Perhaps unsurprisingly, the practice of deep frying weird shit also proved to be successful online. “Even before the internet, shows like Fear Factor did a lot of gross-out food stunts, so when the internet came along, we were already primed for that,” explains Internet historian Don Caldwell, editor-in-chief of Know Your Meme. “With frying in particular, the speed of frying is helpful. The barrier to entry is less than it would be for some other kind of cooking, where you’d have to edit a video down more. Also, fried foods are kind of viral in and of themselves. Frying Coca-Cola was a thing on YouTube for a while, and a couple of years ago, there was this deep-fried, barbecue-stuffed pizzadilla that went viral. There’s a real novelty to deep frying unusual things that lends itself well to the internet.”
Maybe this is why my trip to Target gave me such pause. Again, there was just one model of deep fryer in the entire store, yet more than a dozen different air fryers of all shapes, sizes and colors. I eventually found a small, $20 deep fryer at Walmart, but it definitely made me wonder if deep frying hadn’t jumped the shark — or at the very least, reached its zenith. Indeed, when I cross-referenced “deep fryer” and “air fryer” in Google Trends, it was abundantly clear that deep frying was on a major downswing, having peaked back in 2012. “Air fryer,” on the other hand, had soared past deep frying at around the same time.
Rita Mock-Pike — the editor-in-chief of the literary and art magazine MockingOwl Roost and author of the forthcoming The I Love Trader Joe’s Air Fryer Cookbook — has some ideas as to why this is the case. “I’d imagine deep fryers are less popular since the rise of the air fryer because of two things,” she says. “For one, deep fryers tend to take more work and energy than an air fryer in many cases. Also, because obesity is such a problem, people are looking for healthier ways of eating easily prepared, tasty meals. Air fryers don’t require the use of oil to cook with, so a lot of folks are using air fryers as a way to reduce excess fat and oil in their diet.”
Of course, when I ask Boghosian about the air fryer’s supplanting of the deep fryer, he reacts in a way you might expect a man named “Chicken Charlie” to. With a hint of scorn in his voice, he tells me, “Air frying is not frying — that’s an oven. Air frying is a gimmick. It doesn’t change anything about frying.”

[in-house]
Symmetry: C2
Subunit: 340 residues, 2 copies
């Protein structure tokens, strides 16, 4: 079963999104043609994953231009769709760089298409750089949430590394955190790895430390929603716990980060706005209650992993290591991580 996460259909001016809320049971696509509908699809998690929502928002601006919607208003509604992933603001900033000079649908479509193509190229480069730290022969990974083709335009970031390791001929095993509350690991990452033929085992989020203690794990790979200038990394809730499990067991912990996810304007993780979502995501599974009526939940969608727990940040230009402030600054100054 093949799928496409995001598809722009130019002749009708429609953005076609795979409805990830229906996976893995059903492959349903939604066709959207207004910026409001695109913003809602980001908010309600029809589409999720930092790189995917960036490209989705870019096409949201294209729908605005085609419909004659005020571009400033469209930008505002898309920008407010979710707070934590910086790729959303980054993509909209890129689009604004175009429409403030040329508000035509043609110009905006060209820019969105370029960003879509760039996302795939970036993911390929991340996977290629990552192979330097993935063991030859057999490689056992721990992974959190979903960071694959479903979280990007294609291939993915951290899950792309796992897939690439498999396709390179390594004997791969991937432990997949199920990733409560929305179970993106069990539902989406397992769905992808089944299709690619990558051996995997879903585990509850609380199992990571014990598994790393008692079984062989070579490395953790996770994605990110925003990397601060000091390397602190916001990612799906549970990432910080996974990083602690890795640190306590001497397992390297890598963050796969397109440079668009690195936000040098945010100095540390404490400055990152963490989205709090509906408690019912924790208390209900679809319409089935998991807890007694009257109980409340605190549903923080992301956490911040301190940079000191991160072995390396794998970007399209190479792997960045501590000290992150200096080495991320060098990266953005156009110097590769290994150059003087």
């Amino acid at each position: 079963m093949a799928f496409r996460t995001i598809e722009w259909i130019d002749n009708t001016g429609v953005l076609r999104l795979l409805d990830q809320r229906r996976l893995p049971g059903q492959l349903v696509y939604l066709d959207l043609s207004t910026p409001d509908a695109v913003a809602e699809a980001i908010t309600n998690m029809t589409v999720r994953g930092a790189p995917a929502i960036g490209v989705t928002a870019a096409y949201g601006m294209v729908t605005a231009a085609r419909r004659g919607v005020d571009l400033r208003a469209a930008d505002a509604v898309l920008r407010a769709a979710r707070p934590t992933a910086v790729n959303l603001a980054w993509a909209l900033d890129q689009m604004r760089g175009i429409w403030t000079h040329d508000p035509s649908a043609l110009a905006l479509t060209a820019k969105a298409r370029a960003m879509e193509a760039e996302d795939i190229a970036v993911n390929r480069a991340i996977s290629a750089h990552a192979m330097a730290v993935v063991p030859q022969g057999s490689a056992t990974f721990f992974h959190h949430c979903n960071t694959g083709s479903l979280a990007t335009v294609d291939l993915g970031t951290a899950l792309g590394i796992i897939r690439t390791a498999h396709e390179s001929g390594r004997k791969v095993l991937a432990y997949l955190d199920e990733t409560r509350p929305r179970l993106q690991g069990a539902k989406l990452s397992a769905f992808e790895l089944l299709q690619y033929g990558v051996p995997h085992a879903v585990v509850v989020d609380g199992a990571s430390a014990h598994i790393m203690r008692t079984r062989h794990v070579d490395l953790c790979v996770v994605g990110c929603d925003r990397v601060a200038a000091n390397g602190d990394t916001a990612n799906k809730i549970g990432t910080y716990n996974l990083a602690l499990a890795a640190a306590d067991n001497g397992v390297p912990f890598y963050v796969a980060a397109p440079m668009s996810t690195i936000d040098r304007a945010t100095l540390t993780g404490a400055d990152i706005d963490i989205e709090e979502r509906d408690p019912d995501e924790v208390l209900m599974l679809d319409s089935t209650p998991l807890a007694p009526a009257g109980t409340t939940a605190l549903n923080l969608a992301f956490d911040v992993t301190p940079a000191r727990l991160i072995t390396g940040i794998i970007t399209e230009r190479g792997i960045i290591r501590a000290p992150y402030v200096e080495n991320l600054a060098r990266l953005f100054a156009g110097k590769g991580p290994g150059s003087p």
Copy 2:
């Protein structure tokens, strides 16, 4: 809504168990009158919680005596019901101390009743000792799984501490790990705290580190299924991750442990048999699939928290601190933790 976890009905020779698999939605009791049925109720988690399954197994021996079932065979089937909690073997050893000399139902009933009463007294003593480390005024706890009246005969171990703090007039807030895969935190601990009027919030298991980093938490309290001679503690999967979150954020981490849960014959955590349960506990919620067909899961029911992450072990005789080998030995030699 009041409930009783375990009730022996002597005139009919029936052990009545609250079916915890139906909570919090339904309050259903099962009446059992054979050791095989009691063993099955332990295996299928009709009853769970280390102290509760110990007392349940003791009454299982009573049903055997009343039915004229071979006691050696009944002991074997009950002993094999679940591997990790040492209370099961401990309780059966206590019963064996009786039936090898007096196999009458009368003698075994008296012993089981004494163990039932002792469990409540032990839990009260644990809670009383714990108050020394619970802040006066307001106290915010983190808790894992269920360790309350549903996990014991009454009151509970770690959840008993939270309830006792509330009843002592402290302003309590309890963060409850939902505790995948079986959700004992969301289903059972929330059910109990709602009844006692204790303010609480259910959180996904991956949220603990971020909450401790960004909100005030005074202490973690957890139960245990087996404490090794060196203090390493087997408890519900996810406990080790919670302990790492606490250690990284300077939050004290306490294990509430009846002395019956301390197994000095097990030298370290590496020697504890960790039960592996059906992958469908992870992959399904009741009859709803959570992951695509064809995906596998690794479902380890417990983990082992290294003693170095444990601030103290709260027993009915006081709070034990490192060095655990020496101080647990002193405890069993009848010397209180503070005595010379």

Fortunately, his mood picked back up when I informed him of my fried T-shirt experiment. “I recommend a sweet batter, like a pancake batter,” he tells me. “Then fry it, and drizzle chocolate and powdered sugar all over it. I’m sure your shirt is going to taste delicious.”
Armed with Boghosian’s recipe and my new deep fryer, I continued on with my Simpsons-inspired concoction. It was never my intention to fry an entire T-shirt — I wanted to taste the shirt, not wear it. So I cut one of the sleeves off of a brand-new, 100-percent cotton T-shirt to make little rings with, same as you might do with onion rings or calamari.
Next, I made up my pancake batter, heated up my deep fryer and plopped the first T-shirt ring in the oil. It didn’t really work, though, as it stuck to the basket and tore apart when I pulled it off. For the second one, I submerged the basket first, and then slowly lowered the batter-sleeve-ring into the oil above the basket. After a minute or two, I pulled out the basket and had what seemed to be a pretty decent-looking snack.
I then did two more rings, improving with each. Finally, as Boghosian instructed, I topped my three T-shirt rings with powdered sugar and a drizzle of chocolate sauce.
Unfortunately, it never really occurred to me that a T-shirt isn’t actually edible, even if it is 100-percent cotton. When I bit into the ring, the batter tasted good, but the shirt tasted like a fucking oily shirt. I chewed it and stretched it like hell, but I couldn’t bite through it. I thought about frying up a tinier scrap — one that I could eat whole — but I backed out, reasoning (probably correctly) that if I couldn’t bite through a shirt, it was likely to ravage my insides if digested.
Given the times we live in, it also occurred to me that maybe I should try air frying the shirt. But then I stopped myself. Air frying, even if it’s delicious, isn’t really frying at all, and Homer Simpson would certainly never air fry a T-shirt. Admittedly, too, I feared the scorn of Chicken Charlie. What might become of me if I ate an air-fried shirt after failing to eat a deep-fried shirt?
The risk was just too great, so I let go of the idea and just fried myself up an Oreo instead. Needless to say, it was delicious.